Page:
Apartheid drama directed by Roland Joffe. Forest Whitaker plays Desmond Tutu (which seemed destined to happen eventually) and Eric Bana plays a South African prisoner who did some horrible shit. Basically, he knows the dirty secrets and if he agrees to talk to Tutu, all the other people involved will make sure he dies. It’s fine. Bana is good, and Whitaker is okay. Doesn’t add up to much, but it’s a perfectly decent movie. Maybe if they made it in 1991, it could have been an Oscar type movie. Now… just okay.
Freak Show — * * ½ (2.5 stars)
I had tracked this at one point and then gave up on it because it never came out. Then they dumped it in January on VOD. This was directed by Sting’s wife. It’s about a trans boy who wants to run for prom queen. It’s one of those heightened movies that I think is trying to be musicless Glee, but with drama? There’s a whole subplot about his devotion to his wayward mother (played by Bette Midler) who is destined to break his heart, and then there’s a random fucked up hate crime in the middle where he almost dies. It’s kind of a nuts movie. I got through it, and it was competent, but I’m not sure what the point of it all was and it was way too disjointed for me to care. Not to mention all the characters, including the main one, were all unlikable. Not sure who this is for, but it’s not for me.
Furlough — * * * (3 stars)
Fun little 90 minute movie. Tessa Thompson plays an uptight woman who works for a prison and is trying to get promoted. She’s tasked with taking Melissa Leo, a convict, to see her dying mother. And most of the movie is a pseudo-comedy (an adult comedy. Without real gags so much as character comedy) of them traveling on buses and things. It’s fine. Both actresses are good, and the movie generally works. Something you’ll probably have to seek out, but fans of either Leo or Thompson might do that, and it’s worth your time. Small movie, small pleasures, but it’s got charm to it.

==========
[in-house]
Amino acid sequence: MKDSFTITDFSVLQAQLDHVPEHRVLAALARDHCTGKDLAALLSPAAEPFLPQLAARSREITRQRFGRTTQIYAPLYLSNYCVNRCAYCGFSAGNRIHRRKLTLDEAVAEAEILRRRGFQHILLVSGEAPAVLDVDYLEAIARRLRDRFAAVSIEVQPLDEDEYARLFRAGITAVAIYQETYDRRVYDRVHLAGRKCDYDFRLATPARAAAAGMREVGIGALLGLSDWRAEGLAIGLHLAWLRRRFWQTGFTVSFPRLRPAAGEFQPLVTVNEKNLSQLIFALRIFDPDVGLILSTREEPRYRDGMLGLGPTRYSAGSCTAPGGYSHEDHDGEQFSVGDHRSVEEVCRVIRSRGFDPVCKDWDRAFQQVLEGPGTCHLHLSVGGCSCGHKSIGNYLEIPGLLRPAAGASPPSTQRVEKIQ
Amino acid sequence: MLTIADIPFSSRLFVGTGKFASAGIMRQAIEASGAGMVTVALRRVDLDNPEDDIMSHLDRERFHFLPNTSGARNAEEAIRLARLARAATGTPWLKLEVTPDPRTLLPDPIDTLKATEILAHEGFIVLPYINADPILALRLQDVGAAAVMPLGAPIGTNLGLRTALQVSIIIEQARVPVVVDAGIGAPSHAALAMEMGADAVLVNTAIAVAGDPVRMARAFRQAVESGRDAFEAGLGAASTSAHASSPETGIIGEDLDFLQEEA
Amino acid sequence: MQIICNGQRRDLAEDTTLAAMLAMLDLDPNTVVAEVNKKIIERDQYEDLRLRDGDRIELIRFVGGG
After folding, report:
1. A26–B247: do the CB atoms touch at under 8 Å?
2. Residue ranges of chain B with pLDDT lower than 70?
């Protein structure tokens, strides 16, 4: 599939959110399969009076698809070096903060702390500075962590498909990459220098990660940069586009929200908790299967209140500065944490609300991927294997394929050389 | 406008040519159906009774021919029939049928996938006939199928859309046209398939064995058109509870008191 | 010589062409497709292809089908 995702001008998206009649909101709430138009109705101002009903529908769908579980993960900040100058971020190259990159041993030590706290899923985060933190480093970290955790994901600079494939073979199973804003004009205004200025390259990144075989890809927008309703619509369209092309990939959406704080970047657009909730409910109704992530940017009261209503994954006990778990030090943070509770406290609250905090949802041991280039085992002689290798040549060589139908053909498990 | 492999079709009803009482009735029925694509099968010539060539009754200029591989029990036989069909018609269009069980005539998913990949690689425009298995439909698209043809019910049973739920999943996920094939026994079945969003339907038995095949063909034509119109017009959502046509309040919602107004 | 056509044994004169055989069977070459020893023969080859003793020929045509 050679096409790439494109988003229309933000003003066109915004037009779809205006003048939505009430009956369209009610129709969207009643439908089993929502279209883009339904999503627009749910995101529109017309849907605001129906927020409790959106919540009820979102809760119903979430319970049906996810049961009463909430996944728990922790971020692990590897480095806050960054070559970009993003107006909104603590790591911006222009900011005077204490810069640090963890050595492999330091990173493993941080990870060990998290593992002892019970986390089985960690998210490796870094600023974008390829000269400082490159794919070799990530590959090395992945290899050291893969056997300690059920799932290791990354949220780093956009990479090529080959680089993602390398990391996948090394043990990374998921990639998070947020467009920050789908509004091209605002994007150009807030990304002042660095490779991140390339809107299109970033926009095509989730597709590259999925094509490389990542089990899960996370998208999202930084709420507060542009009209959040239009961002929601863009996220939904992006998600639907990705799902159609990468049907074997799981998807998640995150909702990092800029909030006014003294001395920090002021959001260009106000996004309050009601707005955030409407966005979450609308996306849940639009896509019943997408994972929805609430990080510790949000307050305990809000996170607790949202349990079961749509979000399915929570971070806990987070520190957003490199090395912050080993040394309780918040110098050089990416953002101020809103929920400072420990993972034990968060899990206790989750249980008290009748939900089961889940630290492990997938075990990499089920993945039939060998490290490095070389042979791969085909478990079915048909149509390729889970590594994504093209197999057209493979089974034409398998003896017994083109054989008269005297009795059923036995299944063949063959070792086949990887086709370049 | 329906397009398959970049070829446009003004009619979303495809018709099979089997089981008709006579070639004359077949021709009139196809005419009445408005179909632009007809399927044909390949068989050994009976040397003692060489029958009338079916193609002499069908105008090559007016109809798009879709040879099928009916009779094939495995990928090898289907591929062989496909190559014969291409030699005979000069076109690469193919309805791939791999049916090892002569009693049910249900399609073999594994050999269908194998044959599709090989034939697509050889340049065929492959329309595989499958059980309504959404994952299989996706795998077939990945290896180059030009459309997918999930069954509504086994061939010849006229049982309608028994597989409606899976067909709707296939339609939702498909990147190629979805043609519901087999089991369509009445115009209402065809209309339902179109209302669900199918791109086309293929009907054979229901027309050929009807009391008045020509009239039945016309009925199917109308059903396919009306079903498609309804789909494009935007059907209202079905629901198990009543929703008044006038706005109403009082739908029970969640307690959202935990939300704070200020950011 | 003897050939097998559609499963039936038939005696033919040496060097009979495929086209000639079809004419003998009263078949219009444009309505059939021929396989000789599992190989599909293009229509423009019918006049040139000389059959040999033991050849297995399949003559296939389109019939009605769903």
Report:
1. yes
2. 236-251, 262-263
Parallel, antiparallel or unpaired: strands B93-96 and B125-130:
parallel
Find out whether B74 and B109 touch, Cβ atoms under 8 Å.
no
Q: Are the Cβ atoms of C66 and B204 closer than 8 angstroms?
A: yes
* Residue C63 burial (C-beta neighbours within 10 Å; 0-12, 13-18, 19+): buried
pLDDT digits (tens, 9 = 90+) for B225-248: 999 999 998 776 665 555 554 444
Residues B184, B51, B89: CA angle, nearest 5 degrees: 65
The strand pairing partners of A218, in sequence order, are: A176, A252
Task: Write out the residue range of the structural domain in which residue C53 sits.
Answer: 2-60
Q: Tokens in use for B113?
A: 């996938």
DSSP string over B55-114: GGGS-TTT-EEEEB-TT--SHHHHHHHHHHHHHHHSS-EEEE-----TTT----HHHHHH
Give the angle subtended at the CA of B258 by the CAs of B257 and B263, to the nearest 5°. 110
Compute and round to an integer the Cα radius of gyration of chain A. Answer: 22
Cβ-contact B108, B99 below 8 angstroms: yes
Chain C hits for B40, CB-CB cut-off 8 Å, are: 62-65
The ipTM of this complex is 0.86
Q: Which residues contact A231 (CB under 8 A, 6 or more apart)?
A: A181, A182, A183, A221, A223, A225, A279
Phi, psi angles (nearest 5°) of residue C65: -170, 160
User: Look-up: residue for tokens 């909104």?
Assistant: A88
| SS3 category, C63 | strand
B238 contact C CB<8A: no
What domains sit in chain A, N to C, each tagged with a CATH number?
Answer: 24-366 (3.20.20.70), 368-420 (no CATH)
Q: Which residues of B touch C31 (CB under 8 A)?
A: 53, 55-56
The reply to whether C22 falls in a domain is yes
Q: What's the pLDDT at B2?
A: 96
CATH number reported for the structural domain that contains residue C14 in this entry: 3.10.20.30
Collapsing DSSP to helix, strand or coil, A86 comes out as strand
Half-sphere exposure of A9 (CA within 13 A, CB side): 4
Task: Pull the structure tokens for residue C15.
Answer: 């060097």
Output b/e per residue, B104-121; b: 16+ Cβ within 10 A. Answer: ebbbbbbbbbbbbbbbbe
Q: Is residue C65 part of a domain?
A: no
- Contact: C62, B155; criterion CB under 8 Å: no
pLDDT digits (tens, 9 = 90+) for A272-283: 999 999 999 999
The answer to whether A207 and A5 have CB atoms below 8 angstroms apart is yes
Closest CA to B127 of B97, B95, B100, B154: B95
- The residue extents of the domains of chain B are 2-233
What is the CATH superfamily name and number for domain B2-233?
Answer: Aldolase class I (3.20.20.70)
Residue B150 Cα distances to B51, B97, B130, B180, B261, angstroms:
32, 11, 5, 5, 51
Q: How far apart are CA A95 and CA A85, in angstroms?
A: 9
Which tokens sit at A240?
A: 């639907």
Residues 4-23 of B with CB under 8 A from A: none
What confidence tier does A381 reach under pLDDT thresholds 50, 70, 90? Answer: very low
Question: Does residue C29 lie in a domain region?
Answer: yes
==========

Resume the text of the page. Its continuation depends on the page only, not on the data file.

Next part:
A Futile and Stupid Gesture — * * * ½ (3.5 stars)
This is a biopic of Doug Kenney who founded National Lampoon. It’s a fun movie. Wildly anarchic and tries to break a bunch of rules, while still adhering to the biopic format. It works. It’s well done. Which should come as no surprise, since it was directed by David Wain. The actors are all great, and it’s just a really good movie. One of the better Netflix ones out there, and something I highly recommend.
Game Night — * * * ½ (3.5 stars)
This was way more fun than it had any reason to be. The trailer was solid, but I’ve been duped by those before. This actually held up its end of the bargain. Not something I think will hold up over time, but it was definitely really well executed and managed to be funny throughout, which is rare for a comedy. And it also didn’t resort to the type of shitty, low brow humor I can’t stand nowadays. Occasionally it veered that way, but it never crossed over into that territory, which I appreciated. A lot of fun all around, and all the great word of mouth you’ve heard about this is warranted. Go see it. It’s funny.
Game Over, Man — * * * (3 stars)
It’s Die Hard done by the Workaholics guys. Too dumb and over the top to be great, but it has its moments. Overall it’s fun. It’s fine. I guess if I watched the show I’d care more than I did? I don’t know. It’s just a fun movie you can get through for 90 minutes. There are better Netflix movies I’d recommend more, but there are also a lot of way worse ones.
Golden Exits — * * * (3 stars)